Unspoken Joy…More Than a Christmas Tree

Mother’s 75. Her husband Gene is 80. Seeing their ages as I type them, it startles me. Mom has a couple of autoimmune illnesses. Some days her energy gets zapped.  A phone conversation from three weeks ago…

“I’m not putting up a tree this year,” Mother said emphatically. “It’s too much trouble.”

I’m not ready for this. Not yet. “If Jeremy (my brother) will put it up, I’ll help you decorate it.”

“What’s a tree anyway?” she said.

“Remember Christmas of ’82? You said the same thing.”

It was my father’s last Christmas. He died the following July from a brain tumor. Jeremy surprised us and put up the tree by himself.

“I remember the year my mother stopped putting up a tree,” she said softly. “I begged her to get one.”

So you know how I feel.

“Gene said it’s fine with him if we don’t put it up,” she said.

“Is it fine with you not to have one?” Please say no. Say you want a tree.

“Pretty much. I guess.”

My heart was sad for them. For me. But I reminded myself that they’re getting older. Things change.

She called two days later.

“You’ll never believe it! Our tree’s up. A friend said if I didn’t do it this year, I’d never do it again.”


“I took my time decorating it,” she said. “Rested when I needed to.”

I’m so proud of you. “Can’t wait to see it!”

“You coming over for oyster stew like last year?”

 “Of course! Wouldn’t miss it.”


Last Thursday, oyster stew night, I studied her ornaments as though I’d never seen them.

I found my brother Jon’s childhood thumbprint, the jeweled ball I made when I was seven, my sister Jennifer’s two-inch tattered Little Drummer Boy, Jeremy’s popsicle stick star, and Mother’s angels.

After dinner, we sat on her sofa. Still. Quiet. Just looking at her tree.

It’s more than a tree, you know,” Mother said.

I nodded. Some things are too deep for words.

Thank you, Lord. Another Christmas.



I’m praying for readers as I post this blog. Christmas can be a difficult time–especially when we’ve lost loved ones.


  1. Yep. Christmas is hard for many. The stress of the “work” of Christmas, added to the feelings of loss, can create a complicated mix of sorrow, guilt, and depression. I’ve learned I must go into the season prepared to offensively fight against it. And the best weapon is doing for others.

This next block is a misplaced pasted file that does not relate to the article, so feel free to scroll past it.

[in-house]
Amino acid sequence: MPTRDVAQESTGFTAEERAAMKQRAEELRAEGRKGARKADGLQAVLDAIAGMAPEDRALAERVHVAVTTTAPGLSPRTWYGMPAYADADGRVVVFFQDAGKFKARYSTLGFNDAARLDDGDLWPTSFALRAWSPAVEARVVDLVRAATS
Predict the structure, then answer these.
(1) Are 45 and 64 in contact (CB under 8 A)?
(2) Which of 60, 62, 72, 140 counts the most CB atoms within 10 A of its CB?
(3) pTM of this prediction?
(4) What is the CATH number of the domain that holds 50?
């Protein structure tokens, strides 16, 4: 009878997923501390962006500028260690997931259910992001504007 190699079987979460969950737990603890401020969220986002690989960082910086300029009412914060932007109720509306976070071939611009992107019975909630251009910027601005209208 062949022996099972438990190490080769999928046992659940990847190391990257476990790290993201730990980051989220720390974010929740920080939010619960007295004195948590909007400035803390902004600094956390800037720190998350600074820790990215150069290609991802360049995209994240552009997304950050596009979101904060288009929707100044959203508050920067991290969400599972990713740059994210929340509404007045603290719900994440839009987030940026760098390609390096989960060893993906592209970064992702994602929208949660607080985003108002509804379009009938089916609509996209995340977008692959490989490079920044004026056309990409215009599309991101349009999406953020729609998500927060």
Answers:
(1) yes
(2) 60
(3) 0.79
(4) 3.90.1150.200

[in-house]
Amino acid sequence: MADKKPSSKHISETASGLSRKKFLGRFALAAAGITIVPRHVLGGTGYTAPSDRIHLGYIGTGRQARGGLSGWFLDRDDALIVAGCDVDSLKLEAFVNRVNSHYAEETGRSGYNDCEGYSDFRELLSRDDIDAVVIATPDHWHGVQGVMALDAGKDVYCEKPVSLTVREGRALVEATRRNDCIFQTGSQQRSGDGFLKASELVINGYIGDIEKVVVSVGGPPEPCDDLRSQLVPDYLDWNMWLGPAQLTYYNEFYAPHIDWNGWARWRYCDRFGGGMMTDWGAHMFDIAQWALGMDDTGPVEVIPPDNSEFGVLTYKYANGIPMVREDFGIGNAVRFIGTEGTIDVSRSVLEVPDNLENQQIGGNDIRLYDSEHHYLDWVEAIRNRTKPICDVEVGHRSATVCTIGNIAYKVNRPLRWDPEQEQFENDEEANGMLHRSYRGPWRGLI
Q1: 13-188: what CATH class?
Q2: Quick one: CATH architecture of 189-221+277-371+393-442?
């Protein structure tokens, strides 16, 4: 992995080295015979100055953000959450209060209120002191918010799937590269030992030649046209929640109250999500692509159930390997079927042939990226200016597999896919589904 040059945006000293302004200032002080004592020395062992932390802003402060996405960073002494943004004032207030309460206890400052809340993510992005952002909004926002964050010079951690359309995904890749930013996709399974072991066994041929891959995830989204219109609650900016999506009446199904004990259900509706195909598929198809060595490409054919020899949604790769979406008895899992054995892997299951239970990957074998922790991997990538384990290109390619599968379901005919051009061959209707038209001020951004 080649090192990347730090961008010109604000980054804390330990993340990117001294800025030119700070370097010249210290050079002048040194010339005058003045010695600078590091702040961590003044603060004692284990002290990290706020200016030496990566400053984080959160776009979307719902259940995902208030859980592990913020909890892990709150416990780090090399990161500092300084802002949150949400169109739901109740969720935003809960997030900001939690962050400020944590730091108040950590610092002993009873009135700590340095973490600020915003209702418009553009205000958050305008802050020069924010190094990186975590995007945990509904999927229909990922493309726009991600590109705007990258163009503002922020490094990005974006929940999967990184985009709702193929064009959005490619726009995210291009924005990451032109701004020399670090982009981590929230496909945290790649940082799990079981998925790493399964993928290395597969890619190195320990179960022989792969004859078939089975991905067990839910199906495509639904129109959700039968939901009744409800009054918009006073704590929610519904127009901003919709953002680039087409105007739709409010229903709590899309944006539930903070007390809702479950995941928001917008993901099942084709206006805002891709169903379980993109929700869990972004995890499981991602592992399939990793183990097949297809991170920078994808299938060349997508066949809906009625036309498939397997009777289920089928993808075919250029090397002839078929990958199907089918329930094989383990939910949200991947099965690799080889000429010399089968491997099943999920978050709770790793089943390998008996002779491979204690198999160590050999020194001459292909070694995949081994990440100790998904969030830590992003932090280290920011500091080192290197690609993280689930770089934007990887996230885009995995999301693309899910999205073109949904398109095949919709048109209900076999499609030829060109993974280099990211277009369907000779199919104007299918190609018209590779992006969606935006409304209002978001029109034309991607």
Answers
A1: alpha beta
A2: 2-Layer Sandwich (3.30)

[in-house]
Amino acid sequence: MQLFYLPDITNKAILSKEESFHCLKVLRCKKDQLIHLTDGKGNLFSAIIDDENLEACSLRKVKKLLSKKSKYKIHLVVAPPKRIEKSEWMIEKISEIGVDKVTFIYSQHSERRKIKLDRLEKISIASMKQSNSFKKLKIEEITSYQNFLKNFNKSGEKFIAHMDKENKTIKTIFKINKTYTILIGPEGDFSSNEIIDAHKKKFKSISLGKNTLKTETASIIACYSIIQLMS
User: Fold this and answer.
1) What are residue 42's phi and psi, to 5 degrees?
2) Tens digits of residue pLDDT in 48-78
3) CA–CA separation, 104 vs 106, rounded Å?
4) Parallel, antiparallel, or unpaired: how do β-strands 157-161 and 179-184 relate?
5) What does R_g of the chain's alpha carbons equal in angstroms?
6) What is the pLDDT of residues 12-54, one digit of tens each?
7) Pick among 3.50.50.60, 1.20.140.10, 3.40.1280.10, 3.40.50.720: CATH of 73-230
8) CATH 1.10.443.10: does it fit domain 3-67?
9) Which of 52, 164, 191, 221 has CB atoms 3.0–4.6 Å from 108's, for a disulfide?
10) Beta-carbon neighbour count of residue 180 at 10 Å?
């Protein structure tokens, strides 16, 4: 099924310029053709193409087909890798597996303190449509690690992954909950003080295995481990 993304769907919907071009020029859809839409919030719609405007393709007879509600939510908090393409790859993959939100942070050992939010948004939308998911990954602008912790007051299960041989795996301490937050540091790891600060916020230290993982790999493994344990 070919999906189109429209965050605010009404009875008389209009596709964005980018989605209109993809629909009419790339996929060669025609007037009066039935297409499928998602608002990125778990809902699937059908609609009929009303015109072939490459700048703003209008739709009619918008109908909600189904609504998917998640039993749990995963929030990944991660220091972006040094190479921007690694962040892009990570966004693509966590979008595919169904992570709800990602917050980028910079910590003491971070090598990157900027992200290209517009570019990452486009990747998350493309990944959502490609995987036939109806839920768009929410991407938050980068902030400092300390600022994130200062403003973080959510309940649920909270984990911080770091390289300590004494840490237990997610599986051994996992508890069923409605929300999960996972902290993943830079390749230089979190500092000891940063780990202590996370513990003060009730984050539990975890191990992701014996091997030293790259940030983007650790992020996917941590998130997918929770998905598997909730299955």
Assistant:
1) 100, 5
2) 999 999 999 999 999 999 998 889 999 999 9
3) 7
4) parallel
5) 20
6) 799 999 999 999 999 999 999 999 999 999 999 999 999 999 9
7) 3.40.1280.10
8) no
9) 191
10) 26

Merry Christmas, sweet friend!

    • Such wise words of wisdom, Vonda. Doing for others. I love it. Thanks so much for reading and commenting.

  2. Sometimes the effort doesn’t seem worth the effort. :o} But then I’ve found the beauty of a Christmas tree reminds me of the beauty of the Gift we celebrate.

    MERRY CHRISTMAS, me dear friend!!

    • So true, Ane. I know the feeling. What a lovely reminder of why we do what we do! Merry Christmas to you and yours. So much love, Ane!

  3. I was holding my breath Julie…I’m so glad MBWA put up a tree…and isn’t it sweet of the Father to send someone besides you to urge her to do it!
    loving you~R

  4. A Christmas Tree is so much more than pine branches, needles, and a wonderfully rich scent. It’s memories of years ago: vacation times, just-getting-by times, fun-filled times, every day times. In other words, it’s filled with life.

    Thanks for sharing you and your mom’s memories. Thanks for sharing your lives.
    Hugs & love,

  5. Hi Julie,
    Oh, I can relate! When you can, read my last week’s blog…”Embracing Holiday Grief”. I’m so glad the tree went up!! Cindy http://www.widowspursuits.blogspot.com

    • Julie says:

      Hey, Cindy! I sure will. Thanks for reading and writing me!! xoxo

  6. You said it so beautifully, B.J. It’s filled with life. Thanks for reading my friend. Talk to you soon…I hope. Miss you. xoxo


  1. […] Eve morning, I called Mother. Remember last year, she almost didn’t put up their Christmas tree? I was so relieved when she changed her mind. Well, this year,  she said she kept thinking maybe […]

  2. […] said this before and changed her […]

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